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Fan etiquette 101: When to shout, stay silent

June 05,2017
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[JOONGANG PHOTO, ILGAN SPORTS, KOREA TENNIS ASSOCIATION]
About 30 Korean fans visited the Roland-Garros Stadium to cheer for Chung Hyeon, the only Korean tennis player at the French Open, one of the major tournaments, in his round of 128 match on May 30. The fans screamed when Chung scored, and when he won the first match, they went crazy.

“I am thankful for the fans that came to cheer for me,” Chung said after the match.

However, Sam Querrey, Chung’s opponent in the round of 128, showed he wasn’t comfortable with Chung’s fans. Whenever Querrey made mistakes, the fans clapped and cheered even louder. At one point, Querry complained to the referee and the fans were warned.

Some of the Korean fans that watched the match on TV pointed out that it is important to maintain manners while watching the match as tennis requires the players to cooperate with each other.

Since the 16th century, tennis has been enjoyed by royal families in Europe. That said, it is a part of tennis culture for the fans to cheer quietly. The spectators are allowed only to move around when the players are switching court. Not only that, when there’s an intense rally, the fans have to wait for them to end their rally and once it is over, they are expected to only cheer by clapping.

Just like tennis, golf has a similar cheering culture. In golf, the spectators are called the gallery. When the galleries don’t keep their phones silent or turn off the shutter sounds on their camera, they are given a glare.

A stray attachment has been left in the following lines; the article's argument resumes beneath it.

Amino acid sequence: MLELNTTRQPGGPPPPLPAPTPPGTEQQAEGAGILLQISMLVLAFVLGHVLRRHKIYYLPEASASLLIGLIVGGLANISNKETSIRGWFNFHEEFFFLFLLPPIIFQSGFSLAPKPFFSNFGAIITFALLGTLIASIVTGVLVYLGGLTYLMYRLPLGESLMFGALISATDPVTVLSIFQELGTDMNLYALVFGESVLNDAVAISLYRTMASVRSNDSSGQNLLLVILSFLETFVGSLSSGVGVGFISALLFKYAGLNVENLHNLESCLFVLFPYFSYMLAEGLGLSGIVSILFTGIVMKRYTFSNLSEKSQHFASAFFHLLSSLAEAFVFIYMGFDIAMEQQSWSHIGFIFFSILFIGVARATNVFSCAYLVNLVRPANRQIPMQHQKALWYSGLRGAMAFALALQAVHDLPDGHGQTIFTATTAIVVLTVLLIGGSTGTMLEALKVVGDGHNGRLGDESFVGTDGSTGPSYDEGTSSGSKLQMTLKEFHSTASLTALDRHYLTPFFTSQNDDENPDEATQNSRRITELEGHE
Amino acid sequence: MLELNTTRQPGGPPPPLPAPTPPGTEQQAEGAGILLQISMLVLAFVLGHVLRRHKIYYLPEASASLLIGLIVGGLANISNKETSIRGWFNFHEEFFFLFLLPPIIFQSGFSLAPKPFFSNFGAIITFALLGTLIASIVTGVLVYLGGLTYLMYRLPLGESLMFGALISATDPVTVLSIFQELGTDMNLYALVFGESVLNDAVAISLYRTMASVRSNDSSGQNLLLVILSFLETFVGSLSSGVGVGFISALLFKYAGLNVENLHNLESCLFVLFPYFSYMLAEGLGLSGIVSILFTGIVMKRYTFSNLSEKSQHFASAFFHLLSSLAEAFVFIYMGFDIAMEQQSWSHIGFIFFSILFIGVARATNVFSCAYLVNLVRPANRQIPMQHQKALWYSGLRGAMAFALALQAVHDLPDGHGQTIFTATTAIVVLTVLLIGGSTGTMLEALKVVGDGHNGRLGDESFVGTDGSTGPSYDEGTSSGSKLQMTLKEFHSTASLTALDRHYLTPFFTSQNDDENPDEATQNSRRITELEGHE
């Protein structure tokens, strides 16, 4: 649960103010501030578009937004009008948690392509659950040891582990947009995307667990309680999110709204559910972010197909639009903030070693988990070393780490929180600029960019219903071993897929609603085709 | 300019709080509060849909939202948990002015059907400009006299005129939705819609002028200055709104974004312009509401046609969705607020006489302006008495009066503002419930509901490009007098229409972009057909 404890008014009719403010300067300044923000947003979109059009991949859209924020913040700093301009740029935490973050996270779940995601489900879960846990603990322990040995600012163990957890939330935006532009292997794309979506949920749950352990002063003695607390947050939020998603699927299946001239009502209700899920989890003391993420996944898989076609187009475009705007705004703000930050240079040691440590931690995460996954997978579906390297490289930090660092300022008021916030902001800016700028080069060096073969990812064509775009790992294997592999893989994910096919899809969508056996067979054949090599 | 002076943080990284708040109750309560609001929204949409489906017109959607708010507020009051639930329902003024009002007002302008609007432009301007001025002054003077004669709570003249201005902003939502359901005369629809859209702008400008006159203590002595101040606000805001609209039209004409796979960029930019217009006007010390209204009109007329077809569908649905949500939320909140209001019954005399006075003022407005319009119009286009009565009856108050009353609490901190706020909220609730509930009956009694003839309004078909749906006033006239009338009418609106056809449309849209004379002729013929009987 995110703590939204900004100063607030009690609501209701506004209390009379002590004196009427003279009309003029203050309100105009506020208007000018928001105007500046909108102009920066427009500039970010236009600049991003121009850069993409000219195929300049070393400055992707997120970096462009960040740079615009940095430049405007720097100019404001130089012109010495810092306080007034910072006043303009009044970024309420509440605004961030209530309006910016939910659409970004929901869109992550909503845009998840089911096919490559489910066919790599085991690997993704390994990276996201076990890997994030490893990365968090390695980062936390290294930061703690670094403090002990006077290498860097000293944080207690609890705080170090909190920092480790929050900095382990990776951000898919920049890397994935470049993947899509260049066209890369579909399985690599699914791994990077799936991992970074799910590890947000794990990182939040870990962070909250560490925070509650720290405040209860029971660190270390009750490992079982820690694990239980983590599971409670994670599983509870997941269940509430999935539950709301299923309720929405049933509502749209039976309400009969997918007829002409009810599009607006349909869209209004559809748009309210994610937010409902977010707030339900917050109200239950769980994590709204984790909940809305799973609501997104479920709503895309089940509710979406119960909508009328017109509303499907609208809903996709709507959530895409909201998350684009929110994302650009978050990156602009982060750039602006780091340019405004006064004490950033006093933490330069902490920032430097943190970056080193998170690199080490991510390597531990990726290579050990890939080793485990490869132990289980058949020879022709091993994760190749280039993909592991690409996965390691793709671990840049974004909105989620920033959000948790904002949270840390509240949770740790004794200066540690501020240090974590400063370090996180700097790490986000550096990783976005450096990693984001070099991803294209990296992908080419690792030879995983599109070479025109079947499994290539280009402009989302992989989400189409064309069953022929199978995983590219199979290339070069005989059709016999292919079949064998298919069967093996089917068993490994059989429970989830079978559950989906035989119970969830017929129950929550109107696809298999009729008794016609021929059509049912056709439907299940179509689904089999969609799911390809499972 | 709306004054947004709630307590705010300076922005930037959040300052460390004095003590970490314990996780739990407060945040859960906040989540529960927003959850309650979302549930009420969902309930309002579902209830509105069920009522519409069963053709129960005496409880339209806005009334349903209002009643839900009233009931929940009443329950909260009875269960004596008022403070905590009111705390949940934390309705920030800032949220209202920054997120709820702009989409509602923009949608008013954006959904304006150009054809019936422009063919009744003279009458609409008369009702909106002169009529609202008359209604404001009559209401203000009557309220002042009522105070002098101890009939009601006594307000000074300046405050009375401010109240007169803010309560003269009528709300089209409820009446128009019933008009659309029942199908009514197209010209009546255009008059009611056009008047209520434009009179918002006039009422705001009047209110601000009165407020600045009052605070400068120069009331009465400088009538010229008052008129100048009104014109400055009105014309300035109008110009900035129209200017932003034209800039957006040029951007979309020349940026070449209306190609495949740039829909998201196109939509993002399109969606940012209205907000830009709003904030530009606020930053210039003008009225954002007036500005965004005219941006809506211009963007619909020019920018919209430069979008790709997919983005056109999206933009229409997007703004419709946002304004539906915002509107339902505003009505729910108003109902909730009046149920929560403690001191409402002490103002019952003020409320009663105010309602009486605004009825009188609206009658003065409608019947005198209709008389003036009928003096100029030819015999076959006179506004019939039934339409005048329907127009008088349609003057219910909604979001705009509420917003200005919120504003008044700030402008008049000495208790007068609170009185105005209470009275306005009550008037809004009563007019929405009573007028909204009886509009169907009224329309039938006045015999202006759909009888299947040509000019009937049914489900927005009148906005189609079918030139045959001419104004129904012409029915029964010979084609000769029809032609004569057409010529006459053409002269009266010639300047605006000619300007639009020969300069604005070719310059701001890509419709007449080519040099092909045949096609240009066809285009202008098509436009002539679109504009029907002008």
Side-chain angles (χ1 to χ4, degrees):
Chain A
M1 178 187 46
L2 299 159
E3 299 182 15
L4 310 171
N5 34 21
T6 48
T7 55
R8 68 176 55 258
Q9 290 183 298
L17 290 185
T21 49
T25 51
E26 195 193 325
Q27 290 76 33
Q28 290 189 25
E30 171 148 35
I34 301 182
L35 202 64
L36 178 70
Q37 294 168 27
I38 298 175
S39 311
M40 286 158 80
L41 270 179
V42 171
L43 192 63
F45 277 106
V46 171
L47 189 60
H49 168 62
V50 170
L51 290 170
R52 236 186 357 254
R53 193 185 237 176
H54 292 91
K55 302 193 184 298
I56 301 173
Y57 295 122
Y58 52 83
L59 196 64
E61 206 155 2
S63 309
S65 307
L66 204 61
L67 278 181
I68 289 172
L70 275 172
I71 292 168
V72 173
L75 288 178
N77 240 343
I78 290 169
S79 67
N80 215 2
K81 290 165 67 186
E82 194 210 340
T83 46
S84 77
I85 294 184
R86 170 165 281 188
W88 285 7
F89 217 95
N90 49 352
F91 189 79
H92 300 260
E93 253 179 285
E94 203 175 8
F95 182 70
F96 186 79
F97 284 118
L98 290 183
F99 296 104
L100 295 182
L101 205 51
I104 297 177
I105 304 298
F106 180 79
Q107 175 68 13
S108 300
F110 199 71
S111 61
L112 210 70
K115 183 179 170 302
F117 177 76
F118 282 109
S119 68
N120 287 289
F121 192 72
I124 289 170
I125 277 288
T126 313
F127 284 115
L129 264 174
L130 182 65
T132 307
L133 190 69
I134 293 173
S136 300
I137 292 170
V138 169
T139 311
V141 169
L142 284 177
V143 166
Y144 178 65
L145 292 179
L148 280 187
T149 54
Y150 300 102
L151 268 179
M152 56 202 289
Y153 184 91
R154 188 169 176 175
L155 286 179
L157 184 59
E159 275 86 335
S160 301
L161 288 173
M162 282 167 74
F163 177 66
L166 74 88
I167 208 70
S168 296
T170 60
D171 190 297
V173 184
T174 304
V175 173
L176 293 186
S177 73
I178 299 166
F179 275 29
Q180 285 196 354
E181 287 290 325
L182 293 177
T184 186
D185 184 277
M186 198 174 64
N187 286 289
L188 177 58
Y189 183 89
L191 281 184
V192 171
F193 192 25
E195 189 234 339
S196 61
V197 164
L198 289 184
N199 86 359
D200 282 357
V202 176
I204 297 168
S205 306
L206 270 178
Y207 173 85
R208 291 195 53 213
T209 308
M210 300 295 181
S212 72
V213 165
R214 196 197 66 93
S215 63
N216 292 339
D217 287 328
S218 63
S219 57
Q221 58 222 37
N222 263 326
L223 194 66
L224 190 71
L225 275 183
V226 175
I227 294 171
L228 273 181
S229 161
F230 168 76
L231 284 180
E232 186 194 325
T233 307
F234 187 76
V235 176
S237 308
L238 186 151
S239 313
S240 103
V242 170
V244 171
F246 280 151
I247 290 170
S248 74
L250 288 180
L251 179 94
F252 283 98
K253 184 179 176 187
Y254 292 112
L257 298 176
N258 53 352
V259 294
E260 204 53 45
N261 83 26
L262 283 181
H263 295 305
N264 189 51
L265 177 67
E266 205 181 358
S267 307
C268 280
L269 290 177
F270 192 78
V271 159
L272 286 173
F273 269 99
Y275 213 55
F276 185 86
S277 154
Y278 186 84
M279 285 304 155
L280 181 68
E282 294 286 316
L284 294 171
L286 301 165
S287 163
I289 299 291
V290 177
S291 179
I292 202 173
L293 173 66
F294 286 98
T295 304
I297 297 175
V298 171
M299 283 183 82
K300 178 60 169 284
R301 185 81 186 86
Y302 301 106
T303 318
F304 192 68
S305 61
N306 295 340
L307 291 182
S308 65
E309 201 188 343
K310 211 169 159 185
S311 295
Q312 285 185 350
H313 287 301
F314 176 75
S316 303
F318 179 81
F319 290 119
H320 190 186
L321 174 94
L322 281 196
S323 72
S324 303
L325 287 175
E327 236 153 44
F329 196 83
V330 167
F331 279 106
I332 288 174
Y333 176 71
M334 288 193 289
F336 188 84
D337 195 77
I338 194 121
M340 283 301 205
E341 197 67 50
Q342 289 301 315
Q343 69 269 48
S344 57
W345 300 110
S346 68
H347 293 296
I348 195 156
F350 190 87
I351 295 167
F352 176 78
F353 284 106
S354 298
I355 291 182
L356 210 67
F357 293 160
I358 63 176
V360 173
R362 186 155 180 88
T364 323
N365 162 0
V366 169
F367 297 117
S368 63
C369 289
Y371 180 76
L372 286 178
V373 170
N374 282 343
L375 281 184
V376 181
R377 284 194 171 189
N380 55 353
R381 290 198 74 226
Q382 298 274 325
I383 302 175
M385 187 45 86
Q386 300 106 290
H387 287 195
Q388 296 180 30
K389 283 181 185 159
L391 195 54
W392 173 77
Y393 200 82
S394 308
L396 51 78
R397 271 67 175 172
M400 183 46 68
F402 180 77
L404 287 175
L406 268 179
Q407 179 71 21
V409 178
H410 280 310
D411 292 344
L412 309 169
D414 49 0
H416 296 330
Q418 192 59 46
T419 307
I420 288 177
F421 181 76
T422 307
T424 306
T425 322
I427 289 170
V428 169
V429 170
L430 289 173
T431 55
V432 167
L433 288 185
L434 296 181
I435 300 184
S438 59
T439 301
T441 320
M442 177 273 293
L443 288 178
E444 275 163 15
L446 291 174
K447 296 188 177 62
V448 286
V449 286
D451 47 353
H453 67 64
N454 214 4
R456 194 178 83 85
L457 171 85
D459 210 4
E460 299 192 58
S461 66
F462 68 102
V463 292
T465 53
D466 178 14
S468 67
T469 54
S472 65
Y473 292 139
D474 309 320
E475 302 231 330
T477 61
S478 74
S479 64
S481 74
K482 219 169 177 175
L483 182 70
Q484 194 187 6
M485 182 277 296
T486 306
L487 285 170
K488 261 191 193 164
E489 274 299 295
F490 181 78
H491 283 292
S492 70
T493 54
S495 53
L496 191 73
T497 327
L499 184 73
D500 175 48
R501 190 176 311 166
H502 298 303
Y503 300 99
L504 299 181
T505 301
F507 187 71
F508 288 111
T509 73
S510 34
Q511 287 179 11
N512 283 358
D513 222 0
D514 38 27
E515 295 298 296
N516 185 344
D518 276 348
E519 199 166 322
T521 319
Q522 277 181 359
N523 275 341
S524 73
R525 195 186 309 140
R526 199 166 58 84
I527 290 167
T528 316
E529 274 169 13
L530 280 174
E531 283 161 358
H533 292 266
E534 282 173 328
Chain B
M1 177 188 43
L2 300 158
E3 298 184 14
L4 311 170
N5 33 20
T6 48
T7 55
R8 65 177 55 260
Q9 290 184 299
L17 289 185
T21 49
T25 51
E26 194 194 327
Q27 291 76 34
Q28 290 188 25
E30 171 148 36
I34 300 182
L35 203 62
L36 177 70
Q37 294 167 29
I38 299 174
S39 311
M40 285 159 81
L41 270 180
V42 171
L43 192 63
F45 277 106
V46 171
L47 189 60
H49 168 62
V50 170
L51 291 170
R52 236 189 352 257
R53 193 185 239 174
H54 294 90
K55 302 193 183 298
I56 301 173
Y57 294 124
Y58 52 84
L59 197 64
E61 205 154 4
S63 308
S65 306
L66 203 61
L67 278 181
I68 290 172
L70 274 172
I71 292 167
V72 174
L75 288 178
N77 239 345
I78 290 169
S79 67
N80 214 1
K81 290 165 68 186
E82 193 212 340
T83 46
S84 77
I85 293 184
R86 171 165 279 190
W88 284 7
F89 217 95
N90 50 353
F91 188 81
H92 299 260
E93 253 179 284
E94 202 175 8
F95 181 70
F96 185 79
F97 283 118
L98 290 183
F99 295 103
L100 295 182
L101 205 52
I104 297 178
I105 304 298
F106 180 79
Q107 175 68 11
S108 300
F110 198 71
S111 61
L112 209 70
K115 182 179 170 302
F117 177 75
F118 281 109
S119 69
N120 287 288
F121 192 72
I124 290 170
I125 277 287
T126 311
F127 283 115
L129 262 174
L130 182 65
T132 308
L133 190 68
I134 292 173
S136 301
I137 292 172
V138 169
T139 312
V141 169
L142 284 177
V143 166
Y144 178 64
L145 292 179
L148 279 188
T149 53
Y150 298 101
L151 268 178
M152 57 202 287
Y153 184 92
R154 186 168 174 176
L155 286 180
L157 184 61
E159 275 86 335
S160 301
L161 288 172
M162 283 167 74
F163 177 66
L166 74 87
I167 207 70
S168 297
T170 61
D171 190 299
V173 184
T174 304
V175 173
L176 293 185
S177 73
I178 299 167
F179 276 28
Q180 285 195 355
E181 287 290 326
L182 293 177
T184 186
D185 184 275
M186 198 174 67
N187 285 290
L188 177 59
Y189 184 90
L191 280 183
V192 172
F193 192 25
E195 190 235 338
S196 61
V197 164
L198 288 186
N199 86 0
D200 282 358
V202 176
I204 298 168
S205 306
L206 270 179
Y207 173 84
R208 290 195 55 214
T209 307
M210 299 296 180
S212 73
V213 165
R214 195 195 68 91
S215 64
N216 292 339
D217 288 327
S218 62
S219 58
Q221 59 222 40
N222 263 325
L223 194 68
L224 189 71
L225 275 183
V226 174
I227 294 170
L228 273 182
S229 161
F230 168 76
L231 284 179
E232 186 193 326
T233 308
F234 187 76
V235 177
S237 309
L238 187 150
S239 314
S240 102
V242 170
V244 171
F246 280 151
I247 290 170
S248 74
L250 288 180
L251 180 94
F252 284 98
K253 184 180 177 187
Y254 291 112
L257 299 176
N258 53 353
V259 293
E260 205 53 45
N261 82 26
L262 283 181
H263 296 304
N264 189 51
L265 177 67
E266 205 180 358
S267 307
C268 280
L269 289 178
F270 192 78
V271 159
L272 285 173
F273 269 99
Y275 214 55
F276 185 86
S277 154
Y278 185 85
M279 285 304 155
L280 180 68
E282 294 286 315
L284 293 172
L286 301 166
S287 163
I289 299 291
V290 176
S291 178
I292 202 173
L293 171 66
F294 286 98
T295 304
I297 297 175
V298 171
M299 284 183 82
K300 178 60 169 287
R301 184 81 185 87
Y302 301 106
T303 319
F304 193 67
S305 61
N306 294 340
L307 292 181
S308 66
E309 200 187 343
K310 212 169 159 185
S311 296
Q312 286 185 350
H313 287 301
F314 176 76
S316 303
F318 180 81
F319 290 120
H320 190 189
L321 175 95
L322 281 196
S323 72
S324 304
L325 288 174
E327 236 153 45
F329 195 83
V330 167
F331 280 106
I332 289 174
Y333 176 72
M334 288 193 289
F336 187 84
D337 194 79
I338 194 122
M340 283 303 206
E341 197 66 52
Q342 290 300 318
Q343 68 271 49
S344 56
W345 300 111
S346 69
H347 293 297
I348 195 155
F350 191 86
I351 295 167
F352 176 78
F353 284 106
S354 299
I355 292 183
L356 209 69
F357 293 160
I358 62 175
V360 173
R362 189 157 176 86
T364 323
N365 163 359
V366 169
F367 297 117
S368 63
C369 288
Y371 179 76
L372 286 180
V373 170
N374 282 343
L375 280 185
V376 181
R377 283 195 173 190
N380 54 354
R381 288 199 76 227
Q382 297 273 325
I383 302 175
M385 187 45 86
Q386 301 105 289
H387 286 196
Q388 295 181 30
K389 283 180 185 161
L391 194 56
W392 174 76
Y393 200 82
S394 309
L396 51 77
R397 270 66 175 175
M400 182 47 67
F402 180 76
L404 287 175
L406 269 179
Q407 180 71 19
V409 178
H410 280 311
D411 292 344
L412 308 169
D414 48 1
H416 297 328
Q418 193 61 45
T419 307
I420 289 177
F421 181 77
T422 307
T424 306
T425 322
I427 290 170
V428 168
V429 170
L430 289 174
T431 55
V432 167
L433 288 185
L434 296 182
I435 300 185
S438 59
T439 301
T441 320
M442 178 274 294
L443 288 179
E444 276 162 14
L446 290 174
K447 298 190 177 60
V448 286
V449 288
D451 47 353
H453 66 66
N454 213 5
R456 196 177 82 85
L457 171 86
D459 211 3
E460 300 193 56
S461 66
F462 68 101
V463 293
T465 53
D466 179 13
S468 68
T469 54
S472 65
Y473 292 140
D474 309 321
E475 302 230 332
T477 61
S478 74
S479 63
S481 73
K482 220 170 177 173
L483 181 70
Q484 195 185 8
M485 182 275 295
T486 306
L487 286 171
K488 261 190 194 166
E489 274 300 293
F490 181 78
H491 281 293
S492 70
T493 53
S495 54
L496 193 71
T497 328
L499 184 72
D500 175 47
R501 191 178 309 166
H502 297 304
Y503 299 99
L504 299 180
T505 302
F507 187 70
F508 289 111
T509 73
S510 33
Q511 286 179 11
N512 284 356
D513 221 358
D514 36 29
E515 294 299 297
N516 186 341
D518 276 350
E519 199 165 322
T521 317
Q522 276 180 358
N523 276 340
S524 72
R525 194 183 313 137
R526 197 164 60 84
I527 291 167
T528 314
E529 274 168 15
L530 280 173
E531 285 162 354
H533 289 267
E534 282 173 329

Throughout the round, there are volunteers standing in front of the galleries, holding up a sign saying, “please, quiet.”

But unlike these two sports where the fans are expected to keep silent, football and baseball have completely different cheering cultures. When watching a football match, fans wear the same uniform and scream as loud as they can. It is also acceptable for the fans to cheer louder when the opposing team makes a mistake.

In baseball, the fans cheer in open environments where they eat chicken, hamburgers and other food. For 30 years, Korea Baseball Organization (KBO) fans have danced along with the cheerleaders and sung the team’s cheering song. Using thundersticks as cheering tools originated in Korea before being exported to the major league.

“Even in the Davis Cup, which started in the 20th century, the fans had been getting louder in their cheers,” Choi Chun-jin, JTBC3 FOX Sports tennis commentator, said. “But it is still not good etiquette for the fans to cheer for the opponent’s mistake.”

The reason behind having a different cheering culture may be due to historic class differences. Unlike tennis or golf, where the sports were popular among aristocrats, football and baseball were popular among labor workers when they were first introduced.

“Since the aristocrats emphasized restraint and honor, they considered not shouting out for joy was a fair play cheer,” said Lee Jong-sung, a sports industry professor at Hanyang University. “This may be the reason why golf and tennis fans continue to cheer quietly.”

Recently, tennis and golf have been accepting part of the cheering culture of being loud. For Wimbledon 2017, the biggest tournament in tennis, a large screen was installed outside of the court at the lawn plaza to lead the group cheer. And at the Phoenix Open, the PGA allowed the gallery to drink beer and allowed the fans to scream after the ball was hit.

BY PARK SO-YOUNG [kang.yoorim@joongang.co.kr]